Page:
I gave him the opportunity to politely back out of teaching me himself, in case he was just preaching the wonders of ballroom and had let his mouth run away with him; no, apparently he didn't, and doesn't. I also explained my issues with proprioception, and that my attempt at taking a salsa class had ended in disaster, because -- and I quote myself here -- "I really don't like making awkward small talk with strangers all up in my airspace." I warned him that the way my brain codebreaks things meant that whatever I learned was likely to be very partner-specific -- if he taught me how to waltz, I probably wouldn't learn how to waltz with 'other people' so much as I'd learn how to waltz with him.

He spent all of this looking at me very earnestly, wearing an expression that I've since come to interpret as, "...well, yes...?" I think I accidentally grokked something there without being aware of it. I went through that conversation assuming that the offer was 'hey, I have this fun skill, I'll teach it to you and then we can both do fun things'. It does indeed sound like a fun skill to have, and I have in fact always been slightly sad that I'm not Ginger Rogers. I wasn't going to inquire about it, because this is the sort of thing he does to pay his rent, and I don't ask people to work for free. (I know for a fact that I'm not the only person he's made that offer to, but the list is very short. And he is openly attached to the people on it: One of the things he does in the office is coordinate the shows I manage house for, and I am now on the roster for everything he works on.) But both the offer of lessons and the persistent wants my attention make more sense if giving me some basic skills is more of a means to an end: If what he wants, as an artist, is to see whether interesting things happen when he dances with me.

I threw his name into Google, because I'm not an idiot, and when someone offers me free dance lessons I want to see what all I can absorb from it. I stay out of personal stuff, but the nice thing about dealing with someone who has a championship title is that competitions are public, and YouTube is forever. Unbelievably colossal skill gap aside, it turns out that stylistically, I fit in rather well with the people he's picked as competitive partners. They're all very pretty, very charismatic, and very eclectic. 'Steal from everyone' is my motto, and apparently it was all of theirs, too. I was especially entertained by the one who figured out how to do camel spins on a dance floor, during a... foxtrot? That might have been foxtrot. Haven't a fucking clue! I have no idea how he would have known that, since he's never seen me do any dancing of substance, but I suppose if that's the kind of human you investigate for the possibility of duende, you would learn how to spot them.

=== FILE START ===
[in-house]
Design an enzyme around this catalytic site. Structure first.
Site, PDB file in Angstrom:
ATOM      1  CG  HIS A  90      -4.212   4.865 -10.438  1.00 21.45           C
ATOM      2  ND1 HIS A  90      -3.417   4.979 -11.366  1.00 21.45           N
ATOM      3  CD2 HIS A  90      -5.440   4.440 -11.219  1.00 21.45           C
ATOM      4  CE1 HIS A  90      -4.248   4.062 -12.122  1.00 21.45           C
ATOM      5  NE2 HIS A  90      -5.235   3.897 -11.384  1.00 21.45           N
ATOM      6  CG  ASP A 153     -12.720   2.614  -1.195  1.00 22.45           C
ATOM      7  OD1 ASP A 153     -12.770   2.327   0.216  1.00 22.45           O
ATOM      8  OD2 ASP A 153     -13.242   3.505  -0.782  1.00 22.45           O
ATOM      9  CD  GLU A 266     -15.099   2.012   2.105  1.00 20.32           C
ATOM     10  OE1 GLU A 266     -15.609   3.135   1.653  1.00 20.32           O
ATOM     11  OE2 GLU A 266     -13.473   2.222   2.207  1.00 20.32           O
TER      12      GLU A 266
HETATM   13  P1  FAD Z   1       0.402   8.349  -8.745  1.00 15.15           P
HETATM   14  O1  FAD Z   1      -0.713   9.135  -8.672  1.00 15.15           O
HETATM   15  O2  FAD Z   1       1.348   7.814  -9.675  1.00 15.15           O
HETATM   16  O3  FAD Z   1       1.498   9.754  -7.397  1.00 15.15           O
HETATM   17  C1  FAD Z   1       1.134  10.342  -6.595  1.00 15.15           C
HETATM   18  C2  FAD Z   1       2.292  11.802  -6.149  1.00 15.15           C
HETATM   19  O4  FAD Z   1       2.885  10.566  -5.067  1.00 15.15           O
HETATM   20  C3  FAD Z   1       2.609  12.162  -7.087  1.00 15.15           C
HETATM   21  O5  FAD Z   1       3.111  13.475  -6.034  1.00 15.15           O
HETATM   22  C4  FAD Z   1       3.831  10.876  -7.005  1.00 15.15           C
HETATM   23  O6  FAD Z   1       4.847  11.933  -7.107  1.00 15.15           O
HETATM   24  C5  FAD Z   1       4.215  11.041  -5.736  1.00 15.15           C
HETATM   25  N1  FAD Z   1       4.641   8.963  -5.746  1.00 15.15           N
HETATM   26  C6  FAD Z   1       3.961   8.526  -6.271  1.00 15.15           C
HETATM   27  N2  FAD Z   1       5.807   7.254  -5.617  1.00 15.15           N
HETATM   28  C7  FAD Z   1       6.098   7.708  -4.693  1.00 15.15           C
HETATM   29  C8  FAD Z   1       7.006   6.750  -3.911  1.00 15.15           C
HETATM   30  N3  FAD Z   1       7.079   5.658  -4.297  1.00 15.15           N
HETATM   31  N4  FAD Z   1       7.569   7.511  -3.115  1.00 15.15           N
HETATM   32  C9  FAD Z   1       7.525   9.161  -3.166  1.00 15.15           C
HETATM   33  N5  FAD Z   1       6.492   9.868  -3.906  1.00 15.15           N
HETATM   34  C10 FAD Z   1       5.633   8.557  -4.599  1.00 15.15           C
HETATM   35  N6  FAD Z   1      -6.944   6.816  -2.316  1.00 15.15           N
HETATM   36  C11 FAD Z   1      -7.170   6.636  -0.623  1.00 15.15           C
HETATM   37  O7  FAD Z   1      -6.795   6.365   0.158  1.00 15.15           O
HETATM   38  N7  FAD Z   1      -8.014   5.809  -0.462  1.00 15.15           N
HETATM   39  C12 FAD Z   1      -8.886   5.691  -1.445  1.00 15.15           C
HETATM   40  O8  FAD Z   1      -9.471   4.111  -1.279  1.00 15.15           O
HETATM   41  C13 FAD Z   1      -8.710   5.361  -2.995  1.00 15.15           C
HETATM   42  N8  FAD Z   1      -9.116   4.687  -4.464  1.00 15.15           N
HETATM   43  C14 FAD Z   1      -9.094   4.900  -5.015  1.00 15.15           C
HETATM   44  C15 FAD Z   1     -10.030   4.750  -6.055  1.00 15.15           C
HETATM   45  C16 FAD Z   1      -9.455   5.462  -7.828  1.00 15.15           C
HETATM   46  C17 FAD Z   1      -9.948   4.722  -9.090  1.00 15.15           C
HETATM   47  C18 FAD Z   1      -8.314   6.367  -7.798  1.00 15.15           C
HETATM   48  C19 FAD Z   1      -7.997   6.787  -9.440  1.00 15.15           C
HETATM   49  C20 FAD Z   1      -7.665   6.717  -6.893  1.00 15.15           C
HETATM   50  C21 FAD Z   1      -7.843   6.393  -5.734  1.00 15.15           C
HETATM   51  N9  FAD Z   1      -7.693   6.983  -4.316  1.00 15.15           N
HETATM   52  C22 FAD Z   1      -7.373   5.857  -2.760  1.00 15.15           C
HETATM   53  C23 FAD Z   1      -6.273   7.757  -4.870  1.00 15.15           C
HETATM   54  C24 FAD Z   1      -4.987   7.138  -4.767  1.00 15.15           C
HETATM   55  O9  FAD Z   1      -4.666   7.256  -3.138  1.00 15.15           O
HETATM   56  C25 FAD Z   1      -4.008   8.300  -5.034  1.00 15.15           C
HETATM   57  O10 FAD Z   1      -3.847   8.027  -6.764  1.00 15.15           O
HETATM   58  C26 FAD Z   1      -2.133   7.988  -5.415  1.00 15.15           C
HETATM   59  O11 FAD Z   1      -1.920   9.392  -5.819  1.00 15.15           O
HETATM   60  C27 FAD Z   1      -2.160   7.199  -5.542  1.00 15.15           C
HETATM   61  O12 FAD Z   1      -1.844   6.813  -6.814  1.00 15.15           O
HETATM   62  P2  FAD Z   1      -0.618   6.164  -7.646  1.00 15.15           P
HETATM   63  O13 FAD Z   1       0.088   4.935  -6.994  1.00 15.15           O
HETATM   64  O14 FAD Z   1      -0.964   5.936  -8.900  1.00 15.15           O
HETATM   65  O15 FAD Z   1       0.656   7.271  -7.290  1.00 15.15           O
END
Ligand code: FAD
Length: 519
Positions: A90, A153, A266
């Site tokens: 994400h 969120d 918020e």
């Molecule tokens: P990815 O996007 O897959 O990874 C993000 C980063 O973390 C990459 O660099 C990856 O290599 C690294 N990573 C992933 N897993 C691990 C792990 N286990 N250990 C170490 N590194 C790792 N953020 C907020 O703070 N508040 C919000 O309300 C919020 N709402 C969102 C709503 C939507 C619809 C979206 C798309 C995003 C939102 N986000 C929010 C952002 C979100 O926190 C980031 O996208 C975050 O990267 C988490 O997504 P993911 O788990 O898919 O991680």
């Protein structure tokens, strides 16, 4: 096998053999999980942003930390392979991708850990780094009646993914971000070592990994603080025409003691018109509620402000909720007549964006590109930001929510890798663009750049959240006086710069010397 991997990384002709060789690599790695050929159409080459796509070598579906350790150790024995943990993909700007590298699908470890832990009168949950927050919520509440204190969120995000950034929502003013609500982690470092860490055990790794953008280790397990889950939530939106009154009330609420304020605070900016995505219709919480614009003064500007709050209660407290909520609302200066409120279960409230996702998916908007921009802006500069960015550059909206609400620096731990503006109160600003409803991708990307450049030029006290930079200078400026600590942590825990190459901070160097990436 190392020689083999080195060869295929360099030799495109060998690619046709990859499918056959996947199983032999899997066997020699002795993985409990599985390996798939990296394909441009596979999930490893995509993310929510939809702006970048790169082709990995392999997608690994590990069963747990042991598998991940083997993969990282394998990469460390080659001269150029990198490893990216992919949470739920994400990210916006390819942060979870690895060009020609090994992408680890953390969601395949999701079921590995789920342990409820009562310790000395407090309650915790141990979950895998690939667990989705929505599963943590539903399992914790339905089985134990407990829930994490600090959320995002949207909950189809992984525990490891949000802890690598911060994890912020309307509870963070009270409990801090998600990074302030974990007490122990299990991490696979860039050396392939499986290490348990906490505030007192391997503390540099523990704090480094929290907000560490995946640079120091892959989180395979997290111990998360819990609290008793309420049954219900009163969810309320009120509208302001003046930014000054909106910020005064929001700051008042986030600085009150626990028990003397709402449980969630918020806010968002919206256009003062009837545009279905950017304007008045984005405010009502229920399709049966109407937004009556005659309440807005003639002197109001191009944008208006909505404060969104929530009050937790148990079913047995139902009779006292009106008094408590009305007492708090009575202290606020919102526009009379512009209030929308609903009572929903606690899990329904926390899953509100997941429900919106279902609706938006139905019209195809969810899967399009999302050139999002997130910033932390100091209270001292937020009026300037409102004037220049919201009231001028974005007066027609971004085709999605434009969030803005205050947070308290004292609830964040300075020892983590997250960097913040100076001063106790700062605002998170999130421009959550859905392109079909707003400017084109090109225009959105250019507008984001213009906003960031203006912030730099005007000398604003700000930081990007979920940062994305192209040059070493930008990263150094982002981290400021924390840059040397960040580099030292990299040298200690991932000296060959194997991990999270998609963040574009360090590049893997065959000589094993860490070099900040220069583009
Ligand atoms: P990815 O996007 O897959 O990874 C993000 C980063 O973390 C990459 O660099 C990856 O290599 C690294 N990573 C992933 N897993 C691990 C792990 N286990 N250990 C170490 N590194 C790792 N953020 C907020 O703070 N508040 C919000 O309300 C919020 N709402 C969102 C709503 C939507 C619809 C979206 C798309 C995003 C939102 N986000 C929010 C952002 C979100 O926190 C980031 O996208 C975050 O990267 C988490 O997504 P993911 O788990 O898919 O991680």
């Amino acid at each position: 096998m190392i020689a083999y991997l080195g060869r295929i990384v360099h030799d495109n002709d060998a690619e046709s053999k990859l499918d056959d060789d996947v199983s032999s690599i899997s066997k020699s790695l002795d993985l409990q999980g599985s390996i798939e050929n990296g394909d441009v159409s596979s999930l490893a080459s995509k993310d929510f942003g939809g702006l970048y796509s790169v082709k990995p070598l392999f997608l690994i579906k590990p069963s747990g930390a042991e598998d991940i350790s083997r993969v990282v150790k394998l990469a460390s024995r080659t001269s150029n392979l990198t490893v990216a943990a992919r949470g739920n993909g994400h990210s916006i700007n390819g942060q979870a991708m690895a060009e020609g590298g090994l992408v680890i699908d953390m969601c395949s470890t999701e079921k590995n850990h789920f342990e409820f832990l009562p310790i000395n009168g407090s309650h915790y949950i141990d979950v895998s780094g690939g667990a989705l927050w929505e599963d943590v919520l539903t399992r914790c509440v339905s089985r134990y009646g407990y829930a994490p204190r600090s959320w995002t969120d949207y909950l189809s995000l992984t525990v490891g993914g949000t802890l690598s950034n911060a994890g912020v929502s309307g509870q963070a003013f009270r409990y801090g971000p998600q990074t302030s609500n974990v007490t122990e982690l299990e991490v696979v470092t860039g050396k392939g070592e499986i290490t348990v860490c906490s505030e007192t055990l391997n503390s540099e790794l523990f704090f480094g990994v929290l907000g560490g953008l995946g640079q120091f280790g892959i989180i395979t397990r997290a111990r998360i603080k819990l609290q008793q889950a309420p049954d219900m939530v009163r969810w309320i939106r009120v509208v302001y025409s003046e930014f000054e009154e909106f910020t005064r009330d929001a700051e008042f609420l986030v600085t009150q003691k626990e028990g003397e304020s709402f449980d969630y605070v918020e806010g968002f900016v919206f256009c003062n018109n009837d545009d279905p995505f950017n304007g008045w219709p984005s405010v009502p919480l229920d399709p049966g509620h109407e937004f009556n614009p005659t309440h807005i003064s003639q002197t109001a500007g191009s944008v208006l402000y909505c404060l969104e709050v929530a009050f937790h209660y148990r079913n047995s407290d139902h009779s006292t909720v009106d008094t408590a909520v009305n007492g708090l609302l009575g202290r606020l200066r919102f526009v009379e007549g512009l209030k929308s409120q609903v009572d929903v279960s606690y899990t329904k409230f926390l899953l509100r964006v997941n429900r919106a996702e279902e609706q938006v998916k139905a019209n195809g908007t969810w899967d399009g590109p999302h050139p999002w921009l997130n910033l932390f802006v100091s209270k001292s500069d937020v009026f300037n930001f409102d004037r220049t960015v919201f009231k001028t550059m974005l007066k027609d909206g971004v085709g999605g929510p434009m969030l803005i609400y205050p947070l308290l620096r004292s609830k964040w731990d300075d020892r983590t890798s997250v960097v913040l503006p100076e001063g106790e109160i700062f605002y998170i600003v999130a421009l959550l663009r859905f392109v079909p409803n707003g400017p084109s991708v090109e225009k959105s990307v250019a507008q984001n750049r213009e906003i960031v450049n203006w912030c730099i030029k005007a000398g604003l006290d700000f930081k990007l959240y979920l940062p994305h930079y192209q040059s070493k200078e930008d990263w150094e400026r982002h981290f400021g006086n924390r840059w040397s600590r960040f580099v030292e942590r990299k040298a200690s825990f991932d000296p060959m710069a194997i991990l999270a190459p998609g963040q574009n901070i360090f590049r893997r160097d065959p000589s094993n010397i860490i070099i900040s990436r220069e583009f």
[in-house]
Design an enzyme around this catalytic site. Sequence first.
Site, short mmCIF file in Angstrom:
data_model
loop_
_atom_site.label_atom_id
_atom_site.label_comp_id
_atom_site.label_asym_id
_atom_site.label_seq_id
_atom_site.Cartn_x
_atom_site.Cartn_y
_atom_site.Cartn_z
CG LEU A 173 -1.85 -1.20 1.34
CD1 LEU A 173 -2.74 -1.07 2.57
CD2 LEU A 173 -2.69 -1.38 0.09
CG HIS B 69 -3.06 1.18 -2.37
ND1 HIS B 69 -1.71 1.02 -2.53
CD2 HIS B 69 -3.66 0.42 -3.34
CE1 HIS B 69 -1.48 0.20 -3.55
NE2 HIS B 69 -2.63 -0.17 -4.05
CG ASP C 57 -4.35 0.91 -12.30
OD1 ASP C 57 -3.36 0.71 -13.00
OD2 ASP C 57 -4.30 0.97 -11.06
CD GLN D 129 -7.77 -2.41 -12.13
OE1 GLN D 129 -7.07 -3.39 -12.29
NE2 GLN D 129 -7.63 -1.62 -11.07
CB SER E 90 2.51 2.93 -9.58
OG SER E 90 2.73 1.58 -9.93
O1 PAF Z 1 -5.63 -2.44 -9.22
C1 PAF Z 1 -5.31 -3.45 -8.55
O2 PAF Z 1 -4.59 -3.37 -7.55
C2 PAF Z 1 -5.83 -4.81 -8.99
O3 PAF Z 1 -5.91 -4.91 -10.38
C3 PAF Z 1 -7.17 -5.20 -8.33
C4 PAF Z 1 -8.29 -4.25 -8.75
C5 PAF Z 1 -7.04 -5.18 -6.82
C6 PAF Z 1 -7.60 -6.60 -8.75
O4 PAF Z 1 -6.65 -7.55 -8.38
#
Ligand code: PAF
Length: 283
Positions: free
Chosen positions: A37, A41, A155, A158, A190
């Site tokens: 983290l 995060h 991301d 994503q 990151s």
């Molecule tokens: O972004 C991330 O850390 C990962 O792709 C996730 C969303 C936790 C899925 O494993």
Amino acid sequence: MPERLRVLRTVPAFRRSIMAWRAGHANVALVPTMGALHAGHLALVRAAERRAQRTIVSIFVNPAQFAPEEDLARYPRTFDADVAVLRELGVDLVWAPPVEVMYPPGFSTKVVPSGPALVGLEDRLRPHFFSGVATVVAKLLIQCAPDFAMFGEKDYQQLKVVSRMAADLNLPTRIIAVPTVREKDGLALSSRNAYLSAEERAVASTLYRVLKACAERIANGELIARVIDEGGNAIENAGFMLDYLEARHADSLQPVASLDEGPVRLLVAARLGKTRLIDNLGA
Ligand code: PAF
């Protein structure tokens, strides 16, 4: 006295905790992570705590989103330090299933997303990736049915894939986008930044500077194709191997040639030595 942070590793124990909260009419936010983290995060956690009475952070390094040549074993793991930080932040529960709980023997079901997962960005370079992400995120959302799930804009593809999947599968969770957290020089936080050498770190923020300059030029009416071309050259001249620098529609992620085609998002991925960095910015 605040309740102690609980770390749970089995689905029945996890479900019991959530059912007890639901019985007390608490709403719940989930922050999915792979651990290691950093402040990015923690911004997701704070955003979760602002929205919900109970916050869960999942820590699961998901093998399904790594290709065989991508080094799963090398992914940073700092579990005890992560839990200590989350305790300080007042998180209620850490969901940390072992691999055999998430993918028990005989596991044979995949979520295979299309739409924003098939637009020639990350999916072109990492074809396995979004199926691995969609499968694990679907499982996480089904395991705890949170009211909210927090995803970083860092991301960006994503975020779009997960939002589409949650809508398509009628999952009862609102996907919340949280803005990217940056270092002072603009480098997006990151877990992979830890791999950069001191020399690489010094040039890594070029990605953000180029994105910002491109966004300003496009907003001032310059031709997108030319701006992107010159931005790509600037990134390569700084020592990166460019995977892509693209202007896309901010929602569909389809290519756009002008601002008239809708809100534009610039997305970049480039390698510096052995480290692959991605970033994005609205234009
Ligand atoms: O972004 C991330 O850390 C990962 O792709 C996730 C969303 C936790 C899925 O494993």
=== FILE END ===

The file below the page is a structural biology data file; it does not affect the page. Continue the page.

I picked tango, if any of you were wondering. The footwork tends to be very close, inside a small bounding box, which gives me fewer chances to lose track of my own feet. And the flourishes are crazy. Lots of deep lunges, high kicks, and other things that emphasize flexibility, especially in the back and hips. I'm going to be awful at negotiating space with a partner, at least at first, but getting my foot up over my head? Hell, I can do that.